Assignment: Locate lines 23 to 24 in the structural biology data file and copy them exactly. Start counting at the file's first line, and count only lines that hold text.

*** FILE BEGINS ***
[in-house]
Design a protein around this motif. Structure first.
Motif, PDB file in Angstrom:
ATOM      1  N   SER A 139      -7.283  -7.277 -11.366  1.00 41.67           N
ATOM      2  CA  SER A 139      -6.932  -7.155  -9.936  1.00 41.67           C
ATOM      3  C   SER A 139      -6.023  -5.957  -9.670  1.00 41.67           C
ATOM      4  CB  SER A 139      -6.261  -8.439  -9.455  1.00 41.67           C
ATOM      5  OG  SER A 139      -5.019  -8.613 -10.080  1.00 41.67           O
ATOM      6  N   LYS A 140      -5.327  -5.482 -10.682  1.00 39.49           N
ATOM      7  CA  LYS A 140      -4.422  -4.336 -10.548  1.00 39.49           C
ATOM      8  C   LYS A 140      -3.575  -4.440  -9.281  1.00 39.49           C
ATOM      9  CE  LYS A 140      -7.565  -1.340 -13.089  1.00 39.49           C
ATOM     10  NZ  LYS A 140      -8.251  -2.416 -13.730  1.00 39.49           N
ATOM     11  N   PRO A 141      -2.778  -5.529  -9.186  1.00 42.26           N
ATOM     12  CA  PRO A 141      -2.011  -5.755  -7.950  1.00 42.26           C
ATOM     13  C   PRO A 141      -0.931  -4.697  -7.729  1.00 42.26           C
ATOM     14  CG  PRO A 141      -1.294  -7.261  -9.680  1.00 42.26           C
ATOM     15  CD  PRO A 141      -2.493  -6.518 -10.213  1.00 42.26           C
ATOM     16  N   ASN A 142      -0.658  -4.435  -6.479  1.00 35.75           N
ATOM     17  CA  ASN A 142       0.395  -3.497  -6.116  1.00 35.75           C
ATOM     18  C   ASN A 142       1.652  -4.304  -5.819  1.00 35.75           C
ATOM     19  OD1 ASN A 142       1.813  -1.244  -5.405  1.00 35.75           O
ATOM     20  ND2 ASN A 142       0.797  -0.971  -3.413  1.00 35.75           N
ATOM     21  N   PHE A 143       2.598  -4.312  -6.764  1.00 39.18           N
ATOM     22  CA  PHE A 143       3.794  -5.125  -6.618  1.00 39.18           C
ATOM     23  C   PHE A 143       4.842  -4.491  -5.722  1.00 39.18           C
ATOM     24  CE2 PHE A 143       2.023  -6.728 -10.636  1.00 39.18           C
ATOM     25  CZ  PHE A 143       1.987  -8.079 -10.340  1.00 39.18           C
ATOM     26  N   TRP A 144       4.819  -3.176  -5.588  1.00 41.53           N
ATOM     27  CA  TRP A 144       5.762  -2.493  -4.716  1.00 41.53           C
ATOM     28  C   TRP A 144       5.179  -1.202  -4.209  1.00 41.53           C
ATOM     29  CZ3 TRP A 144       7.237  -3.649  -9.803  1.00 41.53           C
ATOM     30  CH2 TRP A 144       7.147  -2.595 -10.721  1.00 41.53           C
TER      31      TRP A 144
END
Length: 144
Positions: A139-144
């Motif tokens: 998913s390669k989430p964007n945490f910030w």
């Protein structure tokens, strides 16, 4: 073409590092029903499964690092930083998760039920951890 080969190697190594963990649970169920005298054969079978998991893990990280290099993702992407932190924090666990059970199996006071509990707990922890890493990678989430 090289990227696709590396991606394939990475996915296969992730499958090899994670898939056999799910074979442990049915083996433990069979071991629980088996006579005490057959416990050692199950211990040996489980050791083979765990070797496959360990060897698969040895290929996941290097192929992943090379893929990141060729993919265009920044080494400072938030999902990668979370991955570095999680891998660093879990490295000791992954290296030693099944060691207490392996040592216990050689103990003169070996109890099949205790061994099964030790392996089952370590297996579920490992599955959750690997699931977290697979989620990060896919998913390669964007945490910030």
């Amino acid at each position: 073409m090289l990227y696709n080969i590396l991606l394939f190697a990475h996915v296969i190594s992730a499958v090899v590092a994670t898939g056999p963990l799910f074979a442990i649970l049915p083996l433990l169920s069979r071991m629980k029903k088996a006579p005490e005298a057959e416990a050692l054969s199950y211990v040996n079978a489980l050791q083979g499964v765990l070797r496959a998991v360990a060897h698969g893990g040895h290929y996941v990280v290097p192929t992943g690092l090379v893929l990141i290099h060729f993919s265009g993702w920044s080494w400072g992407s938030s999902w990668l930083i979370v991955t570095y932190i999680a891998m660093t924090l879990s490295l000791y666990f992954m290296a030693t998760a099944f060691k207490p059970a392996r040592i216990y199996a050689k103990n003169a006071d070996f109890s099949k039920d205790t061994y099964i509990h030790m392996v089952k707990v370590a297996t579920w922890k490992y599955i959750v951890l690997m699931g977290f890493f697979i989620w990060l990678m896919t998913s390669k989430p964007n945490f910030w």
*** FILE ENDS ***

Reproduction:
ATOM     20  ND2 ASN A 142       0.797  -0.971  -3.413  1.00 35.75           N
ATOM     21  N   PHE A 143       2.598  -4.312  -6.764  1.00 39.18           N